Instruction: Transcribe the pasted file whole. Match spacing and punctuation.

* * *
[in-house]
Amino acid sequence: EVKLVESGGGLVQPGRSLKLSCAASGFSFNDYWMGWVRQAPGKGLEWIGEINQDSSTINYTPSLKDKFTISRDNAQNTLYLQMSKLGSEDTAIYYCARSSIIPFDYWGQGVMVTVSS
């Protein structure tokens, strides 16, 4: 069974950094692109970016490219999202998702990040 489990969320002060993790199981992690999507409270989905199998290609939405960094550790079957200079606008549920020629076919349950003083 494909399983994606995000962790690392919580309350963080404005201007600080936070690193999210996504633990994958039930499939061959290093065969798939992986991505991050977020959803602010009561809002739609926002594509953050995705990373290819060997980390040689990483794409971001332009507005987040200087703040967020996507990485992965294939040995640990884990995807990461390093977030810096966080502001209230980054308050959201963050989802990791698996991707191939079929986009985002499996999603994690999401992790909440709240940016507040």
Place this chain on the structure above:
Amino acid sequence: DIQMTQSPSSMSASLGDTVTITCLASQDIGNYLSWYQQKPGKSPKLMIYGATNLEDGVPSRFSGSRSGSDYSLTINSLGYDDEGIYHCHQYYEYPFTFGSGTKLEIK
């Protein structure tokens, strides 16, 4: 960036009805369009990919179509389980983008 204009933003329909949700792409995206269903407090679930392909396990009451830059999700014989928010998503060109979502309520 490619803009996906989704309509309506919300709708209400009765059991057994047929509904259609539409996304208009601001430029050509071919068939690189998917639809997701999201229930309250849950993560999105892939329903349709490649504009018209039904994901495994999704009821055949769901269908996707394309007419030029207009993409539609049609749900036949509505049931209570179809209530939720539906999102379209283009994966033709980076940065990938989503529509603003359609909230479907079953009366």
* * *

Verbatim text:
[in-house]
Amino acid sequence: EVKLVESGGGLVQPGRSLKLSCAASGFSFNDYWMGWVRQAPGKGLEWIGEINQDSSTINYTPSLKDKFTISRDNAQNTLYLQMSKLGSEDTAIYYCARSSIIPFDYWGQGVMVTVSS
């Protein structure tokens, strides 16, 4: 069974950094692109970016490219999202998702990040 489990969320002060993790199981992690999507409270989905199998290609939405960094550790079957200079606008549920020629076919349950003083 494909399983994606995000962790690392919580309350963080404005201007600080936070690193999210996504633990994958039930499939061959290093065969798939992986991505991050977020959803602010009561809002739609926002594509953050995705990373290819060997980390040689990483794409971001332009507005987040200087703040967020996507990485992965294939040995640990884990995807990461390093977030810096966080502001209230980054308050959201963050989802990791698996991707191939079929986009985002499996999603994690999401992790909440709240940016507040």
Place this chain on the structure above:
Amino acid sequence: DIQMTQSPSSMSASLGDTVTITCLASQDIGNYLSWYQQKPGKSPKLMIYGATNLEDGVPSRFSGSRSGSDYSLTINSLGYDDEGIYHCHQYYEYPFTFGSGTKLEIK
């Protein structure tokens, strides 16, 4: 960036009805369009990919179509389980983008 204009933003329909949700792409995206269903407090679930392909396990009451830059999700014989928010998503060109979502309520 490619803009996906989704309509309506919300709708209400009765059991057994047929509904259609539409996304208009601001430029050509071919068939690189998917639809997701999201229930309250849950993560999105892939329903349709490649504009018209039904994901495994999704009821055949769901269908996707394309007419030029207009993409539609049609749900036949509505049931209570179809209530939720539906999102379209283009994966033709980076940065990938989503529509603003359609909230479907079953009366």